Werner immigrated from Sweden at the age of 16 in 1913.  He never went back.  In fact, he never met his youngest brother who was born after he had left!  But that brother, Nils-Erik, had a number of children–all of whom we have met and continue to meet!  Such is the miracle of life.

My children, Sarah and John, had never visited Chicago before.  Nor had they seen their great-grandparents’ gravesites.  I insisted that we go pay our respects at Rosehill Cemetary, just north of the Swedish part of Chicago–Andersonville.  Very charming people at the cemetery helped us with two maps.

Plan of Rosehill Cemetary, Chicago, Illinois

Plan of Rosehill Cemetery, Chicago, Illinois

My grandparents are buried in Section 9, Block Sub. 1, Lot 18, Graves 4 and 5.

My grandparents were somewhere in the yellowed in area!!!

My grandparents were somewhere in the yellowed in area!!!

Now was the hard part:  we got to Section 9 and even this little area marked in yellow above.  But my grandparents did not have gravestones that stood up vertically; they had grave markers that lie flat.  How would we ever find them in beautiful but snow-covered lawn!!!  And it is fitting that they are buried under snow.  Both stem from ancestors used to snow.  My mother, Joan, writes on January 30, 1939, about her best friend’s father, Mr. Love, who has just died and been buried on a frosty Chicago day,  “Mr. Love has a warm blanket now above him. I’m glad the snow is clean and fluffy.”

You’ll notice Werner’s grave marker has the word “Invictus” at the top.  It means “unconquered” and is the title of one of Werner’s favorite poems by William Earnest Henley.

Out of the night that covers me,
Black as the pit from pole to pole,
I thank whatever gods may be
For my unconquerable soul.

In the fell clutch of circumstance
I have not winced nor cried aloud.
Under the bludgeonings of chance
My head is bloody, but unbowed.

Beyond this place of wrath and tears
Looms but the Horror of the shade,
And yet the menace of the years
Finds and shall find me unafraid.

It matters not how strait the gate,
How charged with punishments the scroll.
I am the master of my fate:
I am the captain of my soul.

This poem epitomizes Werner’s philosophy of life.  And my pure coincidence (?), John studied the poem in Social Studies class after our Chicago trip.

After we paid our respects, we headed for Andersonville and the Swedish part of Chicago.OLYMPUS DIGITAL CAMERA

Ann Sather is where we used to eat a delicious Swedish smorgasbord.


We drank a toast to Neva and Werner at a bar he used to take us to:  Simon’s.  It’s no longer quite the dive it was, but everyone was so friendly and it’s a great place for a drink!


Simon's Tavern is at 5210 N. Clark Street.  A great place for a drink and a toast!

Simon’s Tavern is at 5210 N. Clark Street. A great place for a drink and a toast!

Skol to everyone!

My dear daughter

I just want to be able to thank Sarah, website master extraordinaire.  I had put this website together basically alone–with some help from WordPress Support Pages.  I remember the thrill of conquering drop-down menus!  Woo-hoo.  It only took me 7 hours…..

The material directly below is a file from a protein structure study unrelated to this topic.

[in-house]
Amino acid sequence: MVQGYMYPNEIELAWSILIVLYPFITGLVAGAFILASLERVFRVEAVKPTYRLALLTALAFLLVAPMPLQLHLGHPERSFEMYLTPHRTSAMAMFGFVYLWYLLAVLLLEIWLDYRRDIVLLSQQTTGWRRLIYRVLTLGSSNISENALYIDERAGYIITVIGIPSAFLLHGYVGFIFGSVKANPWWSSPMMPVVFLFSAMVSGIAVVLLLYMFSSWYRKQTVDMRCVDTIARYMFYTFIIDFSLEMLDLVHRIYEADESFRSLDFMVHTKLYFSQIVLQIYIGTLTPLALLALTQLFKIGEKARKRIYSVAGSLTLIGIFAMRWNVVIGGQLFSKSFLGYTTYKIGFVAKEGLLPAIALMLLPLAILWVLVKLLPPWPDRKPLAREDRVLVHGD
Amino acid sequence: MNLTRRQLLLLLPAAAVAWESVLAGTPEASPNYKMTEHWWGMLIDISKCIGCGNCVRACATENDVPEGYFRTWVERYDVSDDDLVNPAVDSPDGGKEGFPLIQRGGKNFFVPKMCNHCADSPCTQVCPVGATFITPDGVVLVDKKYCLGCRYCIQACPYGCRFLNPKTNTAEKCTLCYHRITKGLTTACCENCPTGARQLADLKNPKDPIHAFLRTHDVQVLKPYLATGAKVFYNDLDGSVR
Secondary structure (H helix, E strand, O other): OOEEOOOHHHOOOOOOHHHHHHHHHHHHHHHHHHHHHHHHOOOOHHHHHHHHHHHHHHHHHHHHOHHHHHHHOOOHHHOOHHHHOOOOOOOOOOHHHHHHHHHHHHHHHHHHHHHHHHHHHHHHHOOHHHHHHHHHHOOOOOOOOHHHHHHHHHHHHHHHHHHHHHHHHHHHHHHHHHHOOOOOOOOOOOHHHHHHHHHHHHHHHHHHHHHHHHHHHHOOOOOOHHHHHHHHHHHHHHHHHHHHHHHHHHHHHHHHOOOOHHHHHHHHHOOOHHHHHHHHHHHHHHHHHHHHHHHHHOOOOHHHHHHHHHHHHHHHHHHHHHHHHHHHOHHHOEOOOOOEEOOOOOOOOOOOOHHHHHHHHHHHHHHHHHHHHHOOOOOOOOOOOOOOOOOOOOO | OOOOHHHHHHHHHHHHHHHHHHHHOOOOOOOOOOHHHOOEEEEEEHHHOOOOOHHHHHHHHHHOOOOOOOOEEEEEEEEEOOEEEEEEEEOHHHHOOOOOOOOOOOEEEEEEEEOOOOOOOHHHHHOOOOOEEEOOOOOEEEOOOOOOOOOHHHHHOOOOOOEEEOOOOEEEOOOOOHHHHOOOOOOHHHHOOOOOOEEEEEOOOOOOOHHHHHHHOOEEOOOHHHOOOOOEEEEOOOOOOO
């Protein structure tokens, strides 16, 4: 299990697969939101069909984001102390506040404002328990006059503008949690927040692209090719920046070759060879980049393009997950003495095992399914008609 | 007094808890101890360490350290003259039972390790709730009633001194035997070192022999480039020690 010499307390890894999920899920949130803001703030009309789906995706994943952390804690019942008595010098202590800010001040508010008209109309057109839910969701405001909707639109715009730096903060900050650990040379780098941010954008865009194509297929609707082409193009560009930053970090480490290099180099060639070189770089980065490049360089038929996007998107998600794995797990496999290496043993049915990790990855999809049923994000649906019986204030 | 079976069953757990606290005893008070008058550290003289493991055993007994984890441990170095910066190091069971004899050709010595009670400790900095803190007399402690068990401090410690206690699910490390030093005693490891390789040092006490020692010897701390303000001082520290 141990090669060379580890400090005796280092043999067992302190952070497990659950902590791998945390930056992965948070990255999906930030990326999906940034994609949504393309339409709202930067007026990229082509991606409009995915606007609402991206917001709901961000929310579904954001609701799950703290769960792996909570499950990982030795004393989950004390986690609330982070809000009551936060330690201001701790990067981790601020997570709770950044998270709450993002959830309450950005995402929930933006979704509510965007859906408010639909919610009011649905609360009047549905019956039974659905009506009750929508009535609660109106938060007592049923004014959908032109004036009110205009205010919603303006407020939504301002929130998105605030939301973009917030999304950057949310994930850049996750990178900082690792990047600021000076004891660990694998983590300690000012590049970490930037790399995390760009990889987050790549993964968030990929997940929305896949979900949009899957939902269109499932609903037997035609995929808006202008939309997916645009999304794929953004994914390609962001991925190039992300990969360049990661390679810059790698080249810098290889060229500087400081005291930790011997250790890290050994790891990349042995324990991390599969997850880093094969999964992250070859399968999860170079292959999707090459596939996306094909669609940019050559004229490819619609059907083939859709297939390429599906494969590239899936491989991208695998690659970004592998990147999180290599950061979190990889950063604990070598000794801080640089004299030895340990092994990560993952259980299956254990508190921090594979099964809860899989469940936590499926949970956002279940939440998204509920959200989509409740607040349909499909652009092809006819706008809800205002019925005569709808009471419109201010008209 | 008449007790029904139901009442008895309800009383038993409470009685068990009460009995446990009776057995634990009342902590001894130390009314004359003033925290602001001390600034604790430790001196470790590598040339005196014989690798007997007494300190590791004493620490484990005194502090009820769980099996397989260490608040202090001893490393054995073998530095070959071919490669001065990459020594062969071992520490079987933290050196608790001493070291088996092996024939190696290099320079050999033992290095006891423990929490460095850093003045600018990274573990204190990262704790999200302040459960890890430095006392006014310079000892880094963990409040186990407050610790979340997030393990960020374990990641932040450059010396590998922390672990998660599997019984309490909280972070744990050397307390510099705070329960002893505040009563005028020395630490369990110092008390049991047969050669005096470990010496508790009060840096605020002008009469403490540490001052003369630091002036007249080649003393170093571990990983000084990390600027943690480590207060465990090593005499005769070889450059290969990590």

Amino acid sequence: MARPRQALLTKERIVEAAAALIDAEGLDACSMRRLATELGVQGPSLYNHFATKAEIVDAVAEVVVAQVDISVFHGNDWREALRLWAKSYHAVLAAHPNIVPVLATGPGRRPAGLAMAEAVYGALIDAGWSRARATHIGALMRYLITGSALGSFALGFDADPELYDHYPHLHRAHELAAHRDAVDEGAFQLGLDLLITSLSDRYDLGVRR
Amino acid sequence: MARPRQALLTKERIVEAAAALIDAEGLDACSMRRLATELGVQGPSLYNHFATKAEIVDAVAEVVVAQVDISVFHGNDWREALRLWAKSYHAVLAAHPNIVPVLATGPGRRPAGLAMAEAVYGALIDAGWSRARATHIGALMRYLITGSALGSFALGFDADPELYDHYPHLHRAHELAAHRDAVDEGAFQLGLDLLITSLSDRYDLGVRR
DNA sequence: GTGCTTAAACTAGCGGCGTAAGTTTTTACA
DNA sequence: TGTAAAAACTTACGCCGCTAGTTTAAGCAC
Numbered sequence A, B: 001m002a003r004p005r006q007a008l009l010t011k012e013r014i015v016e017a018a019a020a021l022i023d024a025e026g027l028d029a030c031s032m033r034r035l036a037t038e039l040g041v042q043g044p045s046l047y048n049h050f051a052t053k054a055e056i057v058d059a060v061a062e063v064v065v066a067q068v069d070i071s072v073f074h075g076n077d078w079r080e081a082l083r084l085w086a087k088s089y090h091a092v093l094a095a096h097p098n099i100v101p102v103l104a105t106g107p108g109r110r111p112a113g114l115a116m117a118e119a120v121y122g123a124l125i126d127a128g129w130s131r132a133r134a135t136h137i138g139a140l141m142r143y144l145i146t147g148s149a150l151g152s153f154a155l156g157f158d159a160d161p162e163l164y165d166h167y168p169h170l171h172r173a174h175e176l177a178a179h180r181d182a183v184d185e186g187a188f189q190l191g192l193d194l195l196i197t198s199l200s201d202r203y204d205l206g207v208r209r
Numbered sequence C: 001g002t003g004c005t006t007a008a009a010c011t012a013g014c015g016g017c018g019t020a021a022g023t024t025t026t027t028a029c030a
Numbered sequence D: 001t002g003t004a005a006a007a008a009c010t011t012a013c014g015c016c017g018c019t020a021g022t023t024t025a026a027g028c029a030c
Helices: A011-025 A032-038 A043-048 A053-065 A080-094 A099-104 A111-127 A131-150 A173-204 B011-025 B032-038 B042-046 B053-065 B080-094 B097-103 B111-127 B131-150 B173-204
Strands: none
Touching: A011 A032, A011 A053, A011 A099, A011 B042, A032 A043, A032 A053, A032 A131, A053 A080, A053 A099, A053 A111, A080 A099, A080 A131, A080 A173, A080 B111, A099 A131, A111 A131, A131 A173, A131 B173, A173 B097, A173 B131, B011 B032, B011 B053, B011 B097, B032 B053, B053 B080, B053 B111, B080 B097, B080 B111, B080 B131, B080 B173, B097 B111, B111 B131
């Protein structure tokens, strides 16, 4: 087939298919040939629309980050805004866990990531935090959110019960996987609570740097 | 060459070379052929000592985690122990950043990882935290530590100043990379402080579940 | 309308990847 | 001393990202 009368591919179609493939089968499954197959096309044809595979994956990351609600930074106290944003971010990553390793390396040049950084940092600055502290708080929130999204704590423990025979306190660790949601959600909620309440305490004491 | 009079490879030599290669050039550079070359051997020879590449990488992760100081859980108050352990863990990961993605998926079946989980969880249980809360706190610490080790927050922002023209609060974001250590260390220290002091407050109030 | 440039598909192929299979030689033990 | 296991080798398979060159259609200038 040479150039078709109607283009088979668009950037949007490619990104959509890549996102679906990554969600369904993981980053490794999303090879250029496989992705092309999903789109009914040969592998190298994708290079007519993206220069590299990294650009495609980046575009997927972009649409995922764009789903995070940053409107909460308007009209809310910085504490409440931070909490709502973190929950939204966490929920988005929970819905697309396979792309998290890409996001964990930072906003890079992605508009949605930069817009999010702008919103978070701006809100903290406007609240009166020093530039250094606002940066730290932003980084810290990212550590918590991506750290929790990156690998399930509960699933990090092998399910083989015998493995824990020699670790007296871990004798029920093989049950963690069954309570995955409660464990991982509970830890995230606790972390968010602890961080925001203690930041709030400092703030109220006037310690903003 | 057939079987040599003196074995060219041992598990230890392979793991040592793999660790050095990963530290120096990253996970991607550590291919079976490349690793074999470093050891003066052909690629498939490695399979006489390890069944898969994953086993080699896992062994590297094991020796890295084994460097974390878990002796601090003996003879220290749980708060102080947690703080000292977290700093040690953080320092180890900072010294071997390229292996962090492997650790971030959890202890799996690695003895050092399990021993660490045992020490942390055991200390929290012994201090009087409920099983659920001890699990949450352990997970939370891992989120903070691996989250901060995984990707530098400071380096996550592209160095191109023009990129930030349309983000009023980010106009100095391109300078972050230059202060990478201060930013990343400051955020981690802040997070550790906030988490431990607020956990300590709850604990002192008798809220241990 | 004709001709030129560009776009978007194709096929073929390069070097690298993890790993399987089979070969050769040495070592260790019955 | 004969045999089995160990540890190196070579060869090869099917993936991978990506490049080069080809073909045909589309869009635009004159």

But the header for my page was causing me problems.  How could I add a photo of the cover?  How could I have the fonts match the book jacket?  Such are the dreary woes of the website owner.

Then, along came my 16 year old genius, a.k.a. my daughter, Sarah.

Sarah, Photoshop whiz extraordinaire. Kudos and thanks!

She knows how to do Photoshop.  She knows how to get fonts that match.  She knows….well…just about everything!  In one hour (or less) she had managed to replicate the book cover’s fonts, change the color palette of the site to match the book, and do everything I asked for.

She made my dreams come true!

Author’s Books

One of the most exciting moments in a writer’s life is when the book you’ve been devoting your life to — not only physically, but emotionally and, in this case, even spiritually — arrives in the mail as an actual physical object.

The other night, my family gathered ’round: Jim (my husband), Sarah (age 16), and John (age 11).  Jim placed the box before me that had arrived in the mail from Chicago Review Press.  We all stared at it like it was some strange and ancient talisman.

I recall my parents’ reminiscence of their first grandchild.  My niece, Lizzie, was 6 months old and proudly displayed to the family.  My brother, Jim, and his wife, Ruth, placed Lizzie on a blanket before the fireplace on a bleak, midwinter day in New Jersey.  We all sat on sofas and recliners and just….gazed at the baby.  In wonderment.  Here was this lovely creature, otherworldly almost, now gracing our lives.

Well, it seemed like that to us other other night.  This strange and magnificent gift, a bounty from my mother after her death–the diaries squirreled away in the file cabinet not opened in decades–permitting us to get to know her in her teenage years.

Jim handed me the scissors and I tear at the tape holding the box together.  I lift the lid —

And the lovely face of my mom gazes out at me.  The red background pops.  The raised fonts tactically beckon.

And we all, in a hush, are grateful.

Home Front Girl Diary

Susie and Sarah with Home Front Girl, just arrived from the publishers.

Susie holding the physical copy of Home Front Girl by her mother Joan Wehlen Morrison and edited by Susie–here at last!